Healthy, profitable and disease-free poultry begins with the right pellet, the right nutrition and the right program to reduce risks of food-borne pathogens, according to speakers at the third annual Anitox International Animal Nutrition & Health Symposium held January 28 at the Omni Hotel in Atlanta.
The poultry digestive system is a "complex ecosystem" that requires a balanced state between digestive bacteria, says Dr. Steve Collett, associate professor at the Poultry Diagnostic and Research Center (PDRC), College of Veterinary Medicine at the University of Georgia.
"We've been on top of this with antibiotics," Collett adds. "But now … we need to manage the flora in the cecum (lower intestine) in other ways. We need to create a steady state."
Dr. Collett and Joseph Moritz, professor and state extension specialist at West Virginia University, spoke at the Anitox-sponsored event, a company that specializes in pathogen control in feed and feed ingredients.
"We organized the symposium to facilitate discussions on workable solutions to reduce pathogens on the farm," says Dr. Rick Phillips, DVM, president and CEO of Anitox. "Customers know that we understand their needs, and our strength is technical knowledge, particularly in feed technologies. Given recent and forthcoming changes in regulatory framework, we believe it's important to share knowledge and solutions to help customers reduce risk and improve profitability."
With the recent FDA ruling to phase out the use of antibiotics in the food production industry, producers need to look at other ways to control pathogens, the researchers said. One difficulty with managing pathogens in poultry, Dr. Collett says, is some pathogens exist naturally in the chicken's intestine, so the bacteria is colonizing, not invading, the gut. Ways to achieve a steady state include:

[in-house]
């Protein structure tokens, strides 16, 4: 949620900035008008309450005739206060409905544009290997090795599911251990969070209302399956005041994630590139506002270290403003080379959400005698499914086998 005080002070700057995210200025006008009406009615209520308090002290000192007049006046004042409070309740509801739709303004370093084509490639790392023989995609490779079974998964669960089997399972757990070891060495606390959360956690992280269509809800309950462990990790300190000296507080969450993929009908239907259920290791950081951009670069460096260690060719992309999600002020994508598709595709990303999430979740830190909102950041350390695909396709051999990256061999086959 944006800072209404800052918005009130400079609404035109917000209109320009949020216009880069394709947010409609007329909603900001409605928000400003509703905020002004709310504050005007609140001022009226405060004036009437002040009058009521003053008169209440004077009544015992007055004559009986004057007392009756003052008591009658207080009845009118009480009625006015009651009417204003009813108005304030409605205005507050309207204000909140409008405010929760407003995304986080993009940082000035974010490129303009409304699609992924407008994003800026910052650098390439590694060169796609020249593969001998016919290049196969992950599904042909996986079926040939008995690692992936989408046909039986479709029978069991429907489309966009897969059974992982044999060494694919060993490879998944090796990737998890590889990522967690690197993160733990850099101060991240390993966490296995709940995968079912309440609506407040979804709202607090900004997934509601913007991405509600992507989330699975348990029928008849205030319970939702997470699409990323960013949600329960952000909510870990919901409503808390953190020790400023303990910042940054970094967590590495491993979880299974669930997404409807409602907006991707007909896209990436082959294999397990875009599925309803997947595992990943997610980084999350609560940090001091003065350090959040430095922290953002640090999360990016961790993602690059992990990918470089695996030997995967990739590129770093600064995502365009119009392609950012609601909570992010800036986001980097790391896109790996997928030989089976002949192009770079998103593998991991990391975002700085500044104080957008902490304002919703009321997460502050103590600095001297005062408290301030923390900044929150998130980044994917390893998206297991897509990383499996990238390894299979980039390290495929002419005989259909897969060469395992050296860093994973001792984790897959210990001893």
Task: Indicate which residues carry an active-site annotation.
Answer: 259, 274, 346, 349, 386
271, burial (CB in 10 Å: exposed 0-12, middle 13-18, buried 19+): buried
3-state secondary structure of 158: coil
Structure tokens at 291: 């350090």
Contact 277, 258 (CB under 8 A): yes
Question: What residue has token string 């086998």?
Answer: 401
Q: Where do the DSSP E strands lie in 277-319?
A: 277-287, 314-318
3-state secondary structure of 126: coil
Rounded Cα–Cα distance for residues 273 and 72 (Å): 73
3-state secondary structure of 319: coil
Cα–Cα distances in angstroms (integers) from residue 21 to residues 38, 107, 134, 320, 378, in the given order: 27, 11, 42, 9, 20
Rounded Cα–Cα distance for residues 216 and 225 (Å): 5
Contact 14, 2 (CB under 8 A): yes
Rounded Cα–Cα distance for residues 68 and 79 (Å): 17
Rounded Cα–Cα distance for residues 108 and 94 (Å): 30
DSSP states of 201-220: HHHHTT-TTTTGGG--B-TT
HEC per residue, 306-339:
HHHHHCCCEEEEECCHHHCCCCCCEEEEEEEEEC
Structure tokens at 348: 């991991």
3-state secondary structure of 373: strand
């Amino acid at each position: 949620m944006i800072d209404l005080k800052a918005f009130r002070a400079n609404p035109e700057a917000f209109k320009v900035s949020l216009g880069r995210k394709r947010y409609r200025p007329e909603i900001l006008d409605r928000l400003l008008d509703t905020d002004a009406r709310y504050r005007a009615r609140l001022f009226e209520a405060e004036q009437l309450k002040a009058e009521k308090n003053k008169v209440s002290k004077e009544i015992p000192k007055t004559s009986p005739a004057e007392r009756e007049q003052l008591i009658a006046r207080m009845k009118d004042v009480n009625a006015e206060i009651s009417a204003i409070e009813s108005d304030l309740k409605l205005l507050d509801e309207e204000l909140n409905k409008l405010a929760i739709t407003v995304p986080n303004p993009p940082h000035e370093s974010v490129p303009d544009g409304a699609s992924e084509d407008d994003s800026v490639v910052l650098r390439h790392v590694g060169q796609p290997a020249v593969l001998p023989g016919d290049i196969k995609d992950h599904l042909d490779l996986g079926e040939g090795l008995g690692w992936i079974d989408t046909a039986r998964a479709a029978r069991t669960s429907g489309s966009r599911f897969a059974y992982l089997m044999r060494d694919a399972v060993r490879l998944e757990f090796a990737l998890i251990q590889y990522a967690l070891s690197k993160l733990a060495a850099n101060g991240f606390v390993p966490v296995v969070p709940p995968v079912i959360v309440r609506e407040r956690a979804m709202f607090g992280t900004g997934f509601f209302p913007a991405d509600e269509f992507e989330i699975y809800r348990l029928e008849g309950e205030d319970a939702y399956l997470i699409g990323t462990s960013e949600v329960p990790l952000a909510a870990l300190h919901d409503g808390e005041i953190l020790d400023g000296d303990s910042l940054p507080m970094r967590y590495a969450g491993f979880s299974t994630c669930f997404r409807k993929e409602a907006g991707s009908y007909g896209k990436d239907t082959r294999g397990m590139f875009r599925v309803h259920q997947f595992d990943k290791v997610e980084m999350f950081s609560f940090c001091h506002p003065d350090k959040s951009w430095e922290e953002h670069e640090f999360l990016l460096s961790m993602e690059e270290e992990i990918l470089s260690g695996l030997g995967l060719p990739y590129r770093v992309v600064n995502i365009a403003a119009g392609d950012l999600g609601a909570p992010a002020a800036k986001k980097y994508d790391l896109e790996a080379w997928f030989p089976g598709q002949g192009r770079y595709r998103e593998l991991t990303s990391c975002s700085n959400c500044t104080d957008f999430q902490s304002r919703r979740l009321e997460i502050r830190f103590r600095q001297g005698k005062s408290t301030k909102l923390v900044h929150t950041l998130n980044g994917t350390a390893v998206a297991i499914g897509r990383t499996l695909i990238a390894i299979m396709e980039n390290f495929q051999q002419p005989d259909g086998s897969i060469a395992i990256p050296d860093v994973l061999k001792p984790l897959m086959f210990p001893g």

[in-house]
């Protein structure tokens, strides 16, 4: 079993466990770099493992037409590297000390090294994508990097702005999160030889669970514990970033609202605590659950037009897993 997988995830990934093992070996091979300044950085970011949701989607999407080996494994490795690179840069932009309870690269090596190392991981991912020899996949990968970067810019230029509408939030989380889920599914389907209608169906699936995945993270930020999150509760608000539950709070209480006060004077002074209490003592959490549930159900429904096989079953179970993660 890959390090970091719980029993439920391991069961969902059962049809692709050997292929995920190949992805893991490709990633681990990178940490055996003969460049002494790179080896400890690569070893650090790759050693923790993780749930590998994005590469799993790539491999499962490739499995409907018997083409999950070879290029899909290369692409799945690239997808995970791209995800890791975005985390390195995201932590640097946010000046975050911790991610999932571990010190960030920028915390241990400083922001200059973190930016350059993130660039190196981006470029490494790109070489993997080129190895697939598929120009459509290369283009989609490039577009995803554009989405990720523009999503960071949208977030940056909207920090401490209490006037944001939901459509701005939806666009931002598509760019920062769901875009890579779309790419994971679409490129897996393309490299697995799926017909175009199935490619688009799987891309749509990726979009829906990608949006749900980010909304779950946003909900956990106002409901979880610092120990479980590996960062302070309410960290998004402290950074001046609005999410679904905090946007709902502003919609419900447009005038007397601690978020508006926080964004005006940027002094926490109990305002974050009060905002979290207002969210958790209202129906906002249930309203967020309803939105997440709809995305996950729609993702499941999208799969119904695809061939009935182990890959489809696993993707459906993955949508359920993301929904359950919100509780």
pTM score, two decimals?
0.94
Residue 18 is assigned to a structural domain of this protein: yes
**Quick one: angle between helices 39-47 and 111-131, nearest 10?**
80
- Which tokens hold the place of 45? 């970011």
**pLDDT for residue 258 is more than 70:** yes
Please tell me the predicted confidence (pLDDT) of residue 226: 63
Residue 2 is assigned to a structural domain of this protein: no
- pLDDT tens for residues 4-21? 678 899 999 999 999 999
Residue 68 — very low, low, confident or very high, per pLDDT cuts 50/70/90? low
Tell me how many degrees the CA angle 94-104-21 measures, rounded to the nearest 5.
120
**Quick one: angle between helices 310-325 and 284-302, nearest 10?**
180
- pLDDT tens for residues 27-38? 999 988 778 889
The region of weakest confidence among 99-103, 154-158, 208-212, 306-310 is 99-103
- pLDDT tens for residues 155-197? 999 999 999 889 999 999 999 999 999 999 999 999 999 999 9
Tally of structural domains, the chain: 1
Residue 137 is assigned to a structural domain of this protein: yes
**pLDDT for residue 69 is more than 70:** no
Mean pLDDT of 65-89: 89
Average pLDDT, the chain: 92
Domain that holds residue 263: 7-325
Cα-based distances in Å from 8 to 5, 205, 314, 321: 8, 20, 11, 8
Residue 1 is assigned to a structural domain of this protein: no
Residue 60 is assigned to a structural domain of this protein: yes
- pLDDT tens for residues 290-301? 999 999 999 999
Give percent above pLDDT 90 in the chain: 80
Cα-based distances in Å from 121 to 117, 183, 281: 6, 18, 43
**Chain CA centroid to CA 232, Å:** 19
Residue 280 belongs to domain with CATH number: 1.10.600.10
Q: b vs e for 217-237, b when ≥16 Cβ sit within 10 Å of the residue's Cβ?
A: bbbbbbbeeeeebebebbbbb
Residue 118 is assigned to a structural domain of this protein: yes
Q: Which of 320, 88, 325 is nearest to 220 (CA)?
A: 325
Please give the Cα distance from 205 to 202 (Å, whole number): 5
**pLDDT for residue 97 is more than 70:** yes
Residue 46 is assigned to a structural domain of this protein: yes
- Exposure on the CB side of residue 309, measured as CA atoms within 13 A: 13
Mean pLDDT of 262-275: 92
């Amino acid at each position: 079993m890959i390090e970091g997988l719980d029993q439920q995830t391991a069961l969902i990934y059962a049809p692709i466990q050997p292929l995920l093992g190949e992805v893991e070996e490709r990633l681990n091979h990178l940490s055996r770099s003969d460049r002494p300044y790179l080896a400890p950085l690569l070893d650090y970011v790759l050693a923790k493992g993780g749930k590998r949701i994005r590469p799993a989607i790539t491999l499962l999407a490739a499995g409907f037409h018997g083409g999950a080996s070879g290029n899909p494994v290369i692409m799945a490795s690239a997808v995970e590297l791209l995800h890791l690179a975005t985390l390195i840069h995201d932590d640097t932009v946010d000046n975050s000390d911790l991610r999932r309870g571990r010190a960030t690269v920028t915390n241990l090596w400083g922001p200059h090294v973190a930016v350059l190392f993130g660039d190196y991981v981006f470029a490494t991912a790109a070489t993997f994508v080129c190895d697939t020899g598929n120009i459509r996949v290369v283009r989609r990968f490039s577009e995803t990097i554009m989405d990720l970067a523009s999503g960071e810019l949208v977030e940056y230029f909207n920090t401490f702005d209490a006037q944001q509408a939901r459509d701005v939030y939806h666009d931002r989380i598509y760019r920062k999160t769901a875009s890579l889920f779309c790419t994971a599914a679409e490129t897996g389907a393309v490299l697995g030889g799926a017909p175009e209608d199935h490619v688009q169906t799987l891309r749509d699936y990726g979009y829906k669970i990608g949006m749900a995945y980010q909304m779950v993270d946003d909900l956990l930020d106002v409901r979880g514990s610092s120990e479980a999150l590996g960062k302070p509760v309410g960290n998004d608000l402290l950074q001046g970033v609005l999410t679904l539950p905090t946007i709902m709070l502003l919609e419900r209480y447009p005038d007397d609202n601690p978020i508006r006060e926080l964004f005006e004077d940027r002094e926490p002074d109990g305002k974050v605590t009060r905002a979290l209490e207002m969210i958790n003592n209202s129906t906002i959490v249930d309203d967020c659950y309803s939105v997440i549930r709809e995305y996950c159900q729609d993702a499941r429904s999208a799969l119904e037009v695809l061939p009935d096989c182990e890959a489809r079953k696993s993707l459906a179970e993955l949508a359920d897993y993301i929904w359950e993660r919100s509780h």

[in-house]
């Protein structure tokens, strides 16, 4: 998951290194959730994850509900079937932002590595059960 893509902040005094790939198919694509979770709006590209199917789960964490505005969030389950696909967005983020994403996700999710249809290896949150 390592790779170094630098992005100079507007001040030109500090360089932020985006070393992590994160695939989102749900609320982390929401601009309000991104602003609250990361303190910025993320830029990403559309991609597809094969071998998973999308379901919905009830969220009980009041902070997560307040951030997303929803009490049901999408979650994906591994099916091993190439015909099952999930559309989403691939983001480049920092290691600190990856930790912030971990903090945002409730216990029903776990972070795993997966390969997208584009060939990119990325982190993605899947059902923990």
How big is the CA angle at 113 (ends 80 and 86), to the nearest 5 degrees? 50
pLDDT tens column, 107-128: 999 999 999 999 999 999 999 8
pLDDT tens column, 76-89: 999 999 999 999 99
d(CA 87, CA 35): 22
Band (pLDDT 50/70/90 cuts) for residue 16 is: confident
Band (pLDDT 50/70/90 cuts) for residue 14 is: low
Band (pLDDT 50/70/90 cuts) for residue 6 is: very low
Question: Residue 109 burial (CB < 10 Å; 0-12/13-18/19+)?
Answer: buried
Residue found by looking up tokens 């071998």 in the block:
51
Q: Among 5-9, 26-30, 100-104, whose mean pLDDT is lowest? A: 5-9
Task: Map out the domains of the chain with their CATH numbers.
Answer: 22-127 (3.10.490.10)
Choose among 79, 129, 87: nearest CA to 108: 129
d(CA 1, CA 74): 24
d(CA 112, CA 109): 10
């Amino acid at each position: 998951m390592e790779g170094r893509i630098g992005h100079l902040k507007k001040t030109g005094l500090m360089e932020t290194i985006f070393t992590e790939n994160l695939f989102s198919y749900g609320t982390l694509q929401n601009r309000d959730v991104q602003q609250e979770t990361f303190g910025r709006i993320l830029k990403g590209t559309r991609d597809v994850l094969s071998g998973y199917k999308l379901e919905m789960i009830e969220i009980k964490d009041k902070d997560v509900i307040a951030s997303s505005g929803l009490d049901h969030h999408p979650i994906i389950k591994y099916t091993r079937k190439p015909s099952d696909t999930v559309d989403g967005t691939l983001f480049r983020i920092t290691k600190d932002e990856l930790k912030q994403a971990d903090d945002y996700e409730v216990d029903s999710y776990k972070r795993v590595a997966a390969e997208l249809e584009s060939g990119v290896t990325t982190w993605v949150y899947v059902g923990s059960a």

- Seeding the gut with good microflora
- Eliminating pathogens by reducing exposure through environmental management, including contaminated feed and feed ingredients
The correct nutrient ratio and absorption are keys to keeping a balanced state in the chicken's gut.
However, Moritz says few studies have looked at feed form and nutrient availability, even though feed quality has become an important topic over the past few years because of the high cost of feed ingredients.
"Poor quality pellets have been tolerated in the industry," he says. "We need to demonstrate the relationship between pellet quality, bird performance and overall economics."
Poor pellet quality also can exacerbate nutrient digestibility and production costs because of nutrient segregation between fines and pellets. This can be a particular problem when flock uniformity is important. In research studies through his lab at West Virginia University, Moritz measured the balance between pellet durability and nutrient conversion and how that balance varied depending upon production rate, size of the pellet die, temperature, formulation, and nutrient segregation.
"At times it becomes quite complicated to improve pellet quality and maintain high nutrient digestibility," Moritz says. "But we can get a nice economic benefit by producing a high-quality pellet as long as nutrient availability isn't compromised."